As much as New Yorkers love cramming into tiny apartments stacked on top of each other, our cozy closet-sized living spaces get a bad rap. People think we live like sardines, use our stoves for storage, and sleep on our sofas in the kitchen. But they would be wrong. What people don't realize is that we don't live in small spaces because we have to, but because we want to. We know that with a little ingenuity and a lot of creativity, it's easy to make a 500 square foot studio feel like a 1,000 square foot two-bedroom apartment. Here, we've rounded up five of our favorite tiny New York apartments that epitomize the idea of doing less with more. From lofted beds to an unfolding apartment, these abodes show the best of small space living.
One of our favorite small apartments is this tiny East Village studio apartment that Jordan Parnass Digital Architecture transformed into a one bedroom loft. Near the front half of the space, JPDA built an amazing wood paneled central station that supports a lofted bedroom area and contains the kitchen, bathroom and lots of storage space. The wooden hub immediately separate the studio into three different zones. Fixtures are built directly into the walls, and storage space is tucked in underused spaces, like in each stair leading up to the lofted bed.
For a more flexible small design, Normal Projects created an oversized wall unit for a 450-square-foot studio on the Upper West Side. Despite its small size, the apartment boasts ample counter space, a Viking range, a set of half-height refrigerators, plus space for a full size bed, home office, library, and closet, all of which are contained in the moveable unit. The electric blue wall amplifies the space, and every element can be folded into to it to leave the apartment open and spacious, but even when the bed is out, the owner still has plenty of space to move around.
Treehugger’s Graham Hill is building an apartment similar to what Normal Projects created. Earlier this year, Hill hosted a contest through LifeEdited that tasked designers to create a 420-square foot apartment that could accomodate a 12-person dinner party, two weekend guests, and have a home office, hideable kitchen, and all your regular necessities. Hill is currently turning the winning design, One Size Fits All, into his new apartment. The design uses a moveable wall to created new spaces, and each element can be folded into the wall when not needed.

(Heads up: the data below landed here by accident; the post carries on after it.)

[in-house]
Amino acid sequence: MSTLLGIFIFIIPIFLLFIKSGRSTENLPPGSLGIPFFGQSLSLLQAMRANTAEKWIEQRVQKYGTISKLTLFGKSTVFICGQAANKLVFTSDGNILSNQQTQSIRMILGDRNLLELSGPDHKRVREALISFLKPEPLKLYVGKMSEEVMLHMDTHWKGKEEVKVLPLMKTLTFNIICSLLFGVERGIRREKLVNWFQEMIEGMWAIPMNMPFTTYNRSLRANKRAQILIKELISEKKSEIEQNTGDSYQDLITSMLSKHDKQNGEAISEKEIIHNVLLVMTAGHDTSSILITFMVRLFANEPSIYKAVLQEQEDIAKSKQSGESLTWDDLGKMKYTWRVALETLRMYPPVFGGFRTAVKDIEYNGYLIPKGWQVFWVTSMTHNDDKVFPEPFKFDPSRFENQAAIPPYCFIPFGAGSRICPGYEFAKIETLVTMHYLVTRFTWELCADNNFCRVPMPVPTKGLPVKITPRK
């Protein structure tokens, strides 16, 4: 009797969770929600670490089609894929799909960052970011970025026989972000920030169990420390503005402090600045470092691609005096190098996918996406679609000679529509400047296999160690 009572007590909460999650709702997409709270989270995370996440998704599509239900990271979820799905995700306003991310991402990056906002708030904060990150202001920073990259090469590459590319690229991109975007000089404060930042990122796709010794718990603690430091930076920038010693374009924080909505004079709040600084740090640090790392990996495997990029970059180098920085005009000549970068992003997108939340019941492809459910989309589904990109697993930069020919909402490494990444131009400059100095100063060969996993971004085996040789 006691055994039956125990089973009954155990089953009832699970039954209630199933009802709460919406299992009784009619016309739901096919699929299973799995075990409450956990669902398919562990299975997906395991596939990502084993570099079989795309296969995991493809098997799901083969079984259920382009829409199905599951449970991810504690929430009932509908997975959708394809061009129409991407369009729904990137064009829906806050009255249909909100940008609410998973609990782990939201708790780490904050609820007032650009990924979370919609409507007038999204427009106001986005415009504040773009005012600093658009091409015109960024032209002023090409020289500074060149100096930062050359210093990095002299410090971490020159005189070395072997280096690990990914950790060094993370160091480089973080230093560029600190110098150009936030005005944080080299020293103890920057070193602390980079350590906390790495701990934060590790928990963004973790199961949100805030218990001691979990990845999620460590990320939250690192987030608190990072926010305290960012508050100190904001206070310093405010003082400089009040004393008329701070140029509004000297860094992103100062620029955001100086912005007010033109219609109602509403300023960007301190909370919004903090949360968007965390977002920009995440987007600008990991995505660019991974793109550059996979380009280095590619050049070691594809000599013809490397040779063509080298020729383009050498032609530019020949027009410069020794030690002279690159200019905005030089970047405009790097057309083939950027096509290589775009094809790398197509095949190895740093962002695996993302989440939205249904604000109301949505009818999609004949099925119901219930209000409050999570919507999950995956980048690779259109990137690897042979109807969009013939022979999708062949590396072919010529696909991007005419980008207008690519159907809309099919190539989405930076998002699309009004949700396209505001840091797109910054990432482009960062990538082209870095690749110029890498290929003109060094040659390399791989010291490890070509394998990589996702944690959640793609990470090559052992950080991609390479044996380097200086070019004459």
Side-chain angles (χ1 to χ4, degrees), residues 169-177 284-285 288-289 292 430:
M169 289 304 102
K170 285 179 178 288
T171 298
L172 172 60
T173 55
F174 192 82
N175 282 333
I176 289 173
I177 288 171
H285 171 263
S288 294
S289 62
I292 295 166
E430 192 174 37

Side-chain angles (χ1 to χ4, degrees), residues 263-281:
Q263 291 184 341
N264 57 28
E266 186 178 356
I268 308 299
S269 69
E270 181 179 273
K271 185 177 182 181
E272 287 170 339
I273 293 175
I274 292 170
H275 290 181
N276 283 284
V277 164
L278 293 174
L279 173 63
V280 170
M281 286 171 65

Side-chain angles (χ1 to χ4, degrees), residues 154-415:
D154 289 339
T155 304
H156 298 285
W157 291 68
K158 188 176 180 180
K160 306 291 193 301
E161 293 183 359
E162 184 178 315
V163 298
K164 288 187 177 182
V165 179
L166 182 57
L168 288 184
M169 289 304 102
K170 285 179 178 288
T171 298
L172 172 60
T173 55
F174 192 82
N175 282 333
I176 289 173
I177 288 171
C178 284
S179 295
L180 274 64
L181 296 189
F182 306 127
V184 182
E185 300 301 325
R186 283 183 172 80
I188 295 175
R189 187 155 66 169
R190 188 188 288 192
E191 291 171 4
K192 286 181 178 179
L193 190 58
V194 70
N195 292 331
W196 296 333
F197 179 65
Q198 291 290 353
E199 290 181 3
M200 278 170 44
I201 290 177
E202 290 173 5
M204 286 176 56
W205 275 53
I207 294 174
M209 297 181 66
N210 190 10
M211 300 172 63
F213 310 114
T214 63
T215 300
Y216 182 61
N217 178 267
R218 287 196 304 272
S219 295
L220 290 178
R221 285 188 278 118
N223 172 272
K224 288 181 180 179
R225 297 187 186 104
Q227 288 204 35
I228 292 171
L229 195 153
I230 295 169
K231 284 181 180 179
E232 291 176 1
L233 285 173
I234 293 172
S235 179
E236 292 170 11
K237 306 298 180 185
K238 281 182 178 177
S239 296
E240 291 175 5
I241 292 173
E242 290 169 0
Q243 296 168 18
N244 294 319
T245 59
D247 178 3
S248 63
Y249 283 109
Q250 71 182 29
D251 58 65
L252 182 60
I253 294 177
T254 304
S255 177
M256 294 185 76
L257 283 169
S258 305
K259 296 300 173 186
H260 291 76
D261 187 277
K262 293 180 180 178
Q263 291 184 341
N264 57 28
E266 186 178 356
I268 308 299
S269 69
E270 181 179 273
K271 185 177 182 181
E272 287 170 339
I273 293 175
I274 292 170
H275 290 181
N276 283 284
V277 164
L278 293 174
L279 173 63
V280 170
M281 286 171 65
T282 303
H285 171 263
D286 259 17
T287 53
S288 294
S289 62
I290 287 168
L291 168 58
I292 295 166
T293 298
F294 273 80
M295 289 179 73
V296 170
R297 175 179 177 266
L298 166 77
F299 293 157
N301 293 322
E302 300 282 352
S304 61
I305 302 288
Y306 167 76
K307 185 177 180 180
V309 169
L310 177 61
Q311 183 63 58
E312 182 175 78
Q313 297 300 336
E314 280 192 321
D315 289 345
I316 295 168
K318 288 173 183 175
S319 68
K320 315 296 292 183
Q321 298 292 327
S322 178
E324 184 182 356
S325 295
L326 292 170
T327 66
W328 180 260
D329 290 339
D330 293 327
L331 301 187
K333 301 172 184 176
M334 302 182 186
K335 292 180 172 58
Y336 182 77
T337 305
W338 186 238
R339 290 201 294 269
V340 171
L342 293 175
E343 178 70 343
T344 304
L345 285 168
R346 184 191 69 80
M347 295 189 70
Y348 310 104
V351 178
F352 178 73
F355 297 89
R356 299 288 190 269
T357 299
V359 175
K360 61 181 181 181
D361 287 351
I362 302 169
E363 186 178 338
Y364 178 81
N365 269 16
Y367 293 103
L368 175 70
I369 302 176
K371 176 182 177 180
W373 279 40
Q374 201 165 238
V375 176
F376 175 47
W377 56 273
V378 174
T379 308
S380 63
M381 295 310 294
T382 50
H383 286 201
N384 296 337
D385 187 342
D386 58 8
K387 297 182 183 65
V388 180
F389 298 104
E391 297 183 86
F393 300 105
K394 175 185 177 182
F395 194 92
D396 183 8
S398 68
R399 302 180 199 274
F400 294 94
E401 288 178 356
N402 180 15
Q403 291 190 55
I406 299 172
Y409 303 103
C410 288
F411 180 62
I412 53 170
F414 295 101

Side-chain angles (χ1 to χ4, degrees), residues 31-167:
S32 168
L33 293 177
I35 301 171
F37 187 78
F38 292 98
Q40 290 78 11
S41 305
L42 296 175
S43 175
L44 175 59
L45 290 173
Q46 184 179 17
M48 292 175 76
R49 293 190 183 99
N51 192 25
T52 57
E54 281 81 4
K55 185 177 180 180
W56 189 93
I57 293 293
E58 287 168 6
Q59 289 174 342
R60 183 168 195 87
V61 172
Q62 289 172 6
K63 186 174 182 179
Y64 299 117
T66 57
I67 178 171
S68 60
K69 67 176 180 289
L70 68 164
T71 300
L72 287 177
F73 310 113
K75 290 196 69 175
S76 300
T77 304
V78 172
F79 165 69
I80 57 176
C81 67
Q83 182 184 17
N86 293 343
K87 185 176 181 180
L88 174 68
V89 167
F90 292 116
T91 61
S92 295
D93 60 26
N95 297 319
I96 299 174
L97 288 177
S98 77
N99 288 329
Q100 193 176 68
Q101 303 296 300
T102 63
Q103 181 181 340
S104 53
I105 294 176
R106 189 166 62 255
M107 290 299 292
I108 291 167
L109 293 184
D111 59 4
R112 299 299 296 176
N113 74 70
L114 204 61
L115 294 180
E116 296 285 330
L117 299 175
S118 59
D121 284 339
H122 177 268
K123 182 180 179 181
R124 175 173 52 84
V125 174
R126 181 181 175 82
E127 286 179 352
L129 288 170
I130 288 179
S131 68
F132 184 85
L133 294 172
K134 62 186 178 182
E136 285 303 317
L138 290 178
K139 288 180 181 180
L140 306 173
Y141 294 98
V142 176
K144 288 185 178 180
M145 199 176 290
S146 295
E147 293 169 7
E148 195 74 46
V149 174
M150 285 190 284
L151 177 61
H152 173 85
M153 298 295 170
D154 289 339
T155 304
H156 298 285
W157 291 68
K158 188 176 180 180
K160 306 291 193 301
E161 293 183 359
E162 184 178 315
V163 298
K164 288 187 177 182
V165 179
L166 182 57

photo © Robert Wright
But even for some, 400 square feet is a luxury. Take Zach Motl‘s 178 square foot Clinton Hill studio. The interior designer, a collector since he was a child, fit all of his knick knacks, books, and magazines into his one room apartment by artfully arranging the objects. By using different colors, materials, and grouping his furniture together, he managed to created a bedroom, an office, and a living room — all in less than 200 square feet. The apartment has a very DIY-feel, as Motl did everything himself, from building the counter/front-end table to covering the kitchen walls with planking.
image via Apartment Therapy
If an apartment has high ceilings, like many old buildings do, lofted beds are a fabulous way to save space and open up the floor. For a couple living in a 460 square foot apartment in Fort Greene, Brooklyn, lofting their bed created three distinct rooms in their studio. The high ceilings let the bedroom area still have space to move around and contain shelving, likewise with the space under the bed, which they made into a home office. The shelving around the base of the loft acts as the entertainment unit for the living room. Curtains wrap around the bed, allowing for privacy.